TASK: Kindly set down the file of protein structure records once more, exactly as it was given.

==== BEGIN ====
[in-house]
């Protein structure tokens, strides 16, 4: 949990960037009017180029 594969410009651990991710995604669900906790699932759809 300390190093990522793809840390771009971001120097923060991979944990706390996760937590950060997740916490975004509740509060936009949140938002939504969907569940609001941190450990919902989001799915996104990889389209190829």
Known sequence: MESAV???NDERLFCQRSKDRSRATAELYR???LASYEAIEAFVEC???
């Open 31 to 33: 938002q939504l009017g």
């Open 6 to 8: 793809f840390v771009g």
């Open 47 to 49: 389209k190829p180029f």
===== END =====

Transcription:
[in-house]
């Protein structure tokens, strides 16, 4: 949990960037009017180029 594969410009651990991710995604669900906790699932759809 300390190093990522793809840390771009971001120097923060991979944990706390996760937590950060997740916490975004509740509060936009949140938002939504969907569940609001941190450990919902989001799915996104990889389209190829």
Known sequence: MESAV???NDERLFCQRSKDRSRATAELYR???LASYEAIEAFVEC???
């Open 31 to 33: 938002q939504l009017g």
């Open 6 to 8: 793809f840390v771009g």
């Open 47 to 49: 389209k190829p180029f």